I have been arguing for decades that any conservative point of view, to be usable or even defensible, has to be grounded in an understanding of human nature derived from observation of man's nature and history. In an age where a Church may dictate morality, this understanding may be less necessary, though it must be said that Thomas Aquinas' arguments are rooted in Aristotle's methods and observations. Whatever the justification Christians may once have had for ignoring the material realities of the big-brained apes that we live among and are, the Darwinian revolution consigned all that rubbishy speculations to the dustbin.
Liberal and Leftist revolutions, while their ultimate purpose is to eliminate our love for our Creator, are devoted directly to destroying first our understanding of nature and the natural necessities of human existence and then to warping and redesigning our very nature. Marxism, feminism, homosexualism, and environmentalism all have this in common, a hatred of man as he is made both as natural being and in the image of God and a contempt for the objective that stares us in the face and blocks our every attempt to reinvent the human species as something other than what it is.
In this chapter, therefore, I propose both to go over some of my old arguments advanced first in The Politics of Human Nature and then in The Morality of Everyday Life and to introduce some of my more recent reflections contained in my never-ending work that I am not entitling The Cities of Man. I shall begin by stealing a few pages from chapter two of the new work, some bits of which may have been put on this website some months or years ago.
Philosophers since Socrates and Plato have been rather too prone to submit all human traditions to skeptical analysis, sometimes in the name of a scientific investigation of nature but more often out of a desire to subject human nature to the categories of a set of rational preconceptions. Since Descartes, in particular, moral and political philosophers have turned away from ordinary human experience and drawn up moral codes and political schemes that seem more like Aristophanes’ Nephelococcygia (Cuckoos-in-the-Clouds) than any human polity. Classical liberals wanted to eliminate or attenuate formal social classes, established religion, and irrational bonds of kinship; Marxists would abolish property and economic distinction; more recent radicals want to banish sexual differences and to subject the family to governmental control. The goal of all these projectors was a rationally designed society controlled by the state and based on principles of perfect justice without regard for personal ties or historical tradition. This ambitious objective, however, has remained largely unrealized. Men, good and bad, still pursue wealth and power. Even incompetent and negligent parents typically love their children, and though fewer and fewer men and women in the West are getting married, the institution is far from extinct.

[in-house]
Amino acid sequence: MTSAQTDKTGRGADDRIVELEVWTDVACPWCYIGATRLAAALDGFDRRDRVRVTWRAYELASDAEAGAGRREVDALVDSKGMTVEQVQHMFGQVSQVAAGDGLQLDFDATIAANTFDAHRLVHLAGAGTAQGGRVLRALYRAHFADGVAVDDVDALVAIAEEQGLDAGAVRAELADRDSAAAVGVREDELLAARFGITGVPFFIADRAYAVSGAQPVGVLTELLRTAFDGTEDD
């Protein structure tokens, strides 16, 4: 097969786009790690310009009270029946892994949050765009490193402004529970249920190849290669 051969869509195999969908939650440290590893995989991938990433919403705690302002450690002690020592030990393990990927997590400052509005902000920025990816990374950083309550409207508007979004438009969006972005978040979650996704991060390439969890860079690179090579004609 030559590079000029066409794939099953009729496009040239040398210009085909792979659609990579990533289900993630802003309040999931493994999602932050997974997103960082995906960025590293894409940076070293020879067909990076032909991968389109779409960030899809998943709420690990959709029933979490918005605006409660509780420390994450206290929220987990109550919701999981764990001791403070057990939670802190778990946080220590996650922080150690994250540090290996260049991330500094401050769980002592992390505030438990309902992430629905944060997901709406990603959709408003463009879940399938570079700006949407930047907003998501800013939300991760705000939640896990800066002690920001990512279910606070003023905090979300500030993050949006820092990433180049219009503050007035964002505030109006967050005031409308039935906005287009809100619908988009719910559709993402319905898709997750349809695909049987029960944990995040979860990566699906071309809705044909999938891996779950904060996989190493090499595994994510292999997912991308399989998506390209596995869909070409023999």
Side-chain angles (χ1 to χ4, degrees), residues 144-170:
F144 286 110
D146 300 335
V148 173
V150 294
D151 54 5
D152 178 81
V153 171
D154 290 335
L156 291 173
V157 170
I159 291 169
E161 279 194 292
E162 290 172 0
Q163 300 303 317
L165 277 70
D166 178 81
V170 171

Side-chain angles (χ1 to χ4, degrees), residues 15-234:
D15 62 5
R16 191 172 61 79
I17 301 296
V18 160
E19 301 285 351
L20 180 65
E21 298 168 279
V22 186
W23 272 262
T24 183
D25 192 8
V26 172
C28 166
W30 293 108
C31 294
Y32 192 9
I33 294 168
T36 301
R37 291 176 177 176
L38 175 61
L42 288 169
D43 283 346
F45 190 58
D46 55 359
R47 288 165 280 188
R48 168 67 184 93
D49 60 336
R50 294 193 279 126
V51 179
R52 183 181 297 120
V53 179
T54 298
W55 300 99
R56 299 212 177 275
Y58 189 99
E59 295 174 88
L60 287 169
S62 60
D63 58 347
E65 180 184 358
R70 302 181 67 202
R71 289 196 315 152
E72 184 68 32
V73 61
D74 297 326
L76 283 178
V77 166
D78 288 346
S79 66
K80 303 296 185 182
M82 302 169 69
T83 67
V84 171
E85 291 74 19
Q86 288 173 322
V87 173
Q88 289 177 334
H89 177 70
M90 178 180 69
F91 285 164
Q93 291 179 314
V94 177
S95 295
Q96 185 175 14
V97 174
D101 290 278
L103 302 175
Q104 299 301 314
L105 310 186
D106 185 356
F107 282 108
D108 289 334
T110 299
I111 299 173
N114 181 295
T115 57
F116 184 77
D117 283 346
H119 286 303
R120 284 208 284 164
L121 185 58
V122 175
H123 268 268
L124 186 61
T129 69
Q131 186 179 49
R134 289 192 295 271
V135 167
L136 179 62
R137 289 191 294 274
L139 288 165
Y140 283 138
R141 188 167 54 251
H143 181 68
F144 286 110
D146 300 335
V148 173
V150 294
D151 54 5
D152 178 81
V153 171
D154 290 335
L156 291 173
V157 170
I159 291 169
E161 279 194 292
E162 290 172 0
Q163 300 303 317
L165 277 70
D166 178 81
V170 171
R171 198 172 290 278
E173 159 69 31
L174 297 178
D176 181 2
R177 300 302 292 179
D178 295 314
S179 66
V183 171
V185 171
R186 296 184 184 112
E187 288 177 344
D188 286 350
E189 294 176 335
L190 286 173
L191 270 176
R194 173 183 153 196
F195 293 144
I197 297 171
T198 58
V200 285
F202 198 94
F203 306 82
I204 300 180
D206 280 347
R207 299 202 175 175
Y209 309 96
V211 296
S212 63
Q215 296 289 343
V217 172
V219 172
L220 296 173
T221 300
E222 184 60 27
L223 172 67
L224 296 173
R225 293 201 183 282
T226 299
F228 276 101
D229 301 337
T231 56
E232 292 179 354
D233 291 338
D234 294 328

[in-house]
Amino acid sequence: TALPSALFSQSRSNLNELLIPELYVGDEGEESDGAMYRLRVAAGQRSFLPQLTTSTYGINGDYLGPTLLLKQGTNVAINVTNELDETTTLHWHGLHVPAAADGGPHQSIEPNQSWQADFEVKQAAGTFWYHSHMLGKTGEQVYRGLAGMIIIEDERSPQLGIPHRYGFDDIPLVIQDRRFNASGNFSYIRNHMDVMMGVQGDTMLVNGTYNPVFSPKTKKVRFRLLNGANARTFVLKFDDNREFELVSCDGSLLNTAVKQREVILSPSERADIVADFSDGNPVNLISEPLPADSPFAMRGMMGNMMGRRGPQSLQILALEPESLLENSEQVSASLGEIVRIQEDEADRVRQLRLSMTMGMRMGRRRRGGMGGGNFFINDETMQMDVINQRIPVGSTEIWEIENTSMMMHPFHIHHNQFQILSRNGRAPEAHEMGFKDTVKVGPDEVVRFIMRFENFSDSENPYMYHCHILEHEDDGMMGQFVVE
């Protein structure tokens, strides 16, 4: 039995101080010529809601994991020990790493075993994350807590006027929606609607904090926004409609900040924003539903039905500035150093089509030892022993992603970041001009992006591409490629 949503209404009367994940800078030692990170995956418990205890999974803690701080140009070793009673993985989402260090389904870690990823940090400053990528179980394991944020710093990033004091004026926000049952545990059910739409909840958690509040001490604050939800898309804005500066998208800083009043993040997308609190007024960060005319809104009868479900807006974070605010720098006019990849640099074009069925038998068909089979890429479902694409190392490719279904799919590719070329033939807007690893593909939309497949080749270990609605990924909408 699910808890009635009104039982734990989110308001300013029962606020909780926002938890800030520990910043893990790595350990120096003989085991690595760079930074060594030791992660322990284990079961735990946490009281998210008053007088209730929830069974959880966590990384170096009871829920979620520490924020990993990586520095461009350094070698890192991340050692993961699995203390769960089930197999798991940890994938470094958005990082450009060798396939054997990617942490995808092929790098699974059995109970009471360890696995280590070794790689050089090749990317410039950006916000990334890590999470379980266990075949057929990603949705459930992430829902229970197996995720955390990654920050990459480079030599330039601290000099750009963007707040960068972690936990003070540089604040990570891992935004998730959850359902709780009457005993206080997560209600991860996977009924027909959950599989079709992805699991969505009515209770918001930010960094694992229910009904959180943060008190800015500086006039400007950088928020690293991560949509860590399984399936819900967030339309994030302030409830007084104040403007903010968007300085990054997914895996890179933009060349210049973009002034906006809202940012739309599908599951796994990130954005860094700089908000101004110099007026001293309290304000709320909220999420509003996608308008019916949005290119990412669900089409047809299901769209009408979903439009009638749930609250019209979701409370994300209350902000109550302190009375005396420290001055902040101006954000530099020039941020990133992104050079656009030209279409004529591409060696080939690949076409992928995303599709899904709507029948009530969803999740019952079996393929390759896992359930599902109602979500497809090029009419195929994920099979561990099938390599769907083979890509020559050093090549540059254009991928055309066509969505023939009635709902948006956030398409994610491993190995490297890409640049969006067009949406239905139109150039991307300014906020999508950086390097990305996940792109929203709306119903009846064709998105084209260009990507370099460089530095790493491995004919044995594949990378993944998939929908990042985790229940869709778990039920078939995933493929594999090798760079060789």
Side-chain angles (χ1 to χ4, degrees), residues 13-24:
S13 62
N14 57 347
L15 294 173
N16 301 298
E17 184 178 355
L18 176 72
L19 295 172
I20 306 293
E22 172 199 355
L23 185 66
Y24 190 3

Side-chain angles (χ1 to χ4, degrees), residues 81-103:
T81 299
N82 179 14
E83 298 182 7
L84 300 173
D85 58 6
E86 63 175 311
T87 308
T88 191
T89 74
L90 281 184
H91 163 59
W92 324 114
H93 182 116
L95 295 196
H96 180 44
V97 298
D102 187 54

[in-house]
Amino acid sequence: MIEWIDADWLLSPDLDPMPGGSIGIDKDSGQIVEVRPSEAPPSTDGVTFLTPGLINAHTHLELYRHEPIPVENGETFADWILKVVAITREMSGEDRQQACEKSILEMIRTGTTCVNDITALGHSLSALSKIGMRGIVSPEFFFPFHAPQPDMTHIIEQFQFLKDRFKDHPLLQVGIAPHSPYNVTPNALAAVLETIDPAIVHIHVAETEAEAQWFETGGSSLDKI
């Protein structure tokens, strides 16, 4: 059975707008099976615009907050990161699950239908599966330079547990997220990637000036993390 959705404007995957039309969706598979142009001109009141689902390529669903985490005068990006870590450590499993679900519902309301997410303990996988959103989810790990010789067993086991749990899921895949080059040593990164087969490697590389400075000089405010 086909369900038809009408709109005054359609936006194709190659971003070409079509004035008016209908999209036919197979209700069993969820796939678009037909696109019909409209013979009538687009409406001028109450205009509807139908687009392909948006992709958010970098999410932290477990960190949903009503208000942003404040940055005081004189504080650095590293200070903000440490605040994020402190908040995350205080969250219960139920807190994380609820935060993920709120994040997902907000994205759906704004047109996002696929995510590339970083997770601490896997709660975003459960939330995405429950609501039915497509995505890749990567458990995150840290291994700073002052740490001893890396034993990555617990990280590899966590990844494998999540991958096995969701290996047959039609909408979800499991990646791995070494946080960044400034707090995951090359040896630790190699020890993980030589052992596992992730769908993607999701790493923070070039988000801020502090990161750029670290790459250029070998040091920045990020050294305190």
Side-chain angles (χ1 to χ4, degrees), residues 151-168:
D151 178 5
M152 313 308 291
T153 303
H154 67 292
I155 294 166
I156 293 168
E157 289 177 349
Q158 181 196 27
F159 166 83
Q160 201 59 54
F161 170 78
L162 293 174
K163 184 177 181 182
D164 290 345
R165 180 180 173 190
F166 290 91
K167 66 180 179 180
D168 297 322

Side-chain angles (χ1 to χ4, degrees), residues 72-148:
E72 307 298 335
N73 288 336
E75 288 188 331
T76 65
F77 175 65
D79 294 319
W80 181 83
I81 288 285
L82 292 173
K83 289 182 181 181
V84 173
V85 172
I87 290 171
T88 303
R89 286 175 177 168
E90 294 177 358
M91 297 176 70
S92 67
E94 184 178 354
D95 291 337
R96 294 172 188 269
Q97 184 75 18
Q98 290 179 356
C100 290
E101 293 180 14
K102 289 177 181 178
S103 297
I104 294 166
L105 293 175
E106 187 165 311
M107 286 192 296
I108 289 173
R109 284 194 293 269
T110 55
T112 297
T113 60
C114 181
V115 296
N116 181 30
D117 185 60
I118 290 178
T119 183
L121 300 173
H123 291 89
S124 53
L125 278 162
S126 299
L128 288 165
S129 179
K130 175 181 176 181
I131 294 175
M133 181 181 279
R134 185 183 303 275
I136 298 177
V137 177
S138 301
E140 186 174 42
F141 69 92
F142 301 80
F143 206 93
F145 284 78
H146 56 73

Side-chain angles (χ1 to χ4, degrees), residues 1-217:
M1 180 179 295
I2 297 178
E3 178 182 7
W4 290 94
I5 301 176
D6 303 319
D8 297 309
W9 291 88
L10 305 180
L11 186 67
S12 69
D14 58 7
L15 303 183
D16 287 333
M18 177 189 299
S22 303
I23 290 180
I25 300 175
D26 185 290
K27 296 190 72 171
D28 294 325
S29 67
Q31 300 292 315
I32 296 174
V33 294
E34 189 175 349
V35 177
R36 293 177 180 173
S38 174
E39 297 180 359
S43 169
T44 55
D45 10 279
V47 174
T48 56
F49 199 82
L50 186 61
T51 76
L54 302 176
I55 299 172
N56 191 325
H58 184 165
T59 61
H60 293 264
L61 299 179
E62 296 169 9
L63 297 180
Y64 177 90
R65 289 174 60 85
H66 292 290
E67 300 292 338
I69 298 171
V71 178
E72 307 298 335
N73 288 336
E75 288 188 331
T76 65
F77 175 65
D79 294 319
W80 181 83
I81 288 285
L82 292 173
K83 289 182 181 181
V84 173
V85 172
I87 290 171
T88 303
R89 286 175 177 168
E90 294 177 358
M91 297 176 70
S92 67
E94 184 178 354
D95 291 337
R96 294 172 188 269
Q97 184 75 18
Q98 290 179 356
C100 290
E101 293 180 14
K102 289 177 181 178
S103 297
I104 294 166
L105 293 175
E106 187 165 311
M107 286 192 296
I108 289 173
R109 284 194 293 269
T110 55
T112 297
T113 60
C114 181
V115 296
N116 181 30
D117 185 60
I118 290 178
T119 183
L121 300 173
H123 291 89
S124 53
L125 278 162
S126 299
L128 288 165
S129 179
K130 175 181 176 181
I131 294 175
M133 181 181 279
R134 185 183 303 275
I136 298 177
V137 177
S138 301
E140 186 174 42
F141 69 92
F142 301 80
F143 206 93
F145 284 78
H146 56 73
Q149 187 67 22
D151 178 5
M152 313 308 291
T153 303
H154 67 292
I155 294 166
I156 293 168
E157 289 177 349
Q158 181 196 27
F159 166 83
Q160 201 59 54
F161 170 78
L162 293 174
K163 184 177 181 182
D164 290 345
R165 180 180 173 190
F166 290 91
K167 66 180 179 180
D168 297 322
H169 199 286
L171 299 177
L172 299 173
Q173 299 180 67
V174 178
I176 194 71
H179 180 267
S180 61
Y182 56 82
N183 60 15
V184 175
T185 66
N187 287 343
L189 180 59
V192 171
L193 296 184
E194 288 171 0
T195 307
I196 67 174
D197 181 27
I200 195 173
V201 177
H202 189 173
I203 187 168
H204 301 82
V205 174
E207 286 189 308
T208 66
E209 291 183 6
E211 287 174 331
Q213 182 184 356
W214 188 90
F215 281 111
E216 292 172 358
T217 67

The persistence of our primitive passions even in postmodern conditions should come as no surprise. The human race is old, not, perhaps, when measured either sub specie aeternitatis or by cosmic time or geological ages, but rather old nonetheless. If we can believe the palaeo-anthropologists, some creature like Homo sapiens has been around for about 120,000 years. If there are roughly 3 generations per century and something like 3000, per hundred thousand years, then the 15 or so generations since the Renaissance represent .5% of the generations of the past 120,000 years or, in terms of total years, our culture represents about .4% of human history.
The experience of Homo sapiens, as long as it is, constitutes only a small part of the story. Man has been a work in progress for some time: Homo erectus, a species with a brain highly developed enough for speech, emerged about 1.8 million years ago. As a percentage of 1.8 million, 500 ends up as 0.000 on the primitive calculator I started with, and we have not even considered the careers of more ape-like predecessors. From this perspective, our little experiment in rational living in no particular time or place almost disappears from sight, and the facts of love and hate appear as inescapable as the doom that overtakes the heroes of Thomas Hardy’s novels.
Thomas Fleming is the former editor of Chronicles: A Magazine of American Culture. He is the author of The Politics of Human Nature, Montenegro: The Divided Land, and The Morality of Everyday Life, named Editors' Choice in philosophy by Booklist in 2005. He is the coauthor of The Conservative Movement and the editor of Immigration and the American Identity. He holds a Ph.D. in classics from the University of North Carolina, Chapel Hill. Before joining the Rockford Institute, he taught classics at the University of Miami of Ohio, served as an advisor to the U.S. Department of Education, and was headmaster at the Archibald Rutledge Academy. He has been published in, among others, The Spectator (London), Independent on Sunday (London), Los Angeles Times, Washington Post, USA Today, Chicago Sun-Times, National Review, Classical Journal, Telos, and Modern Age. He and his wife, Gail, have four children and four grandchildren.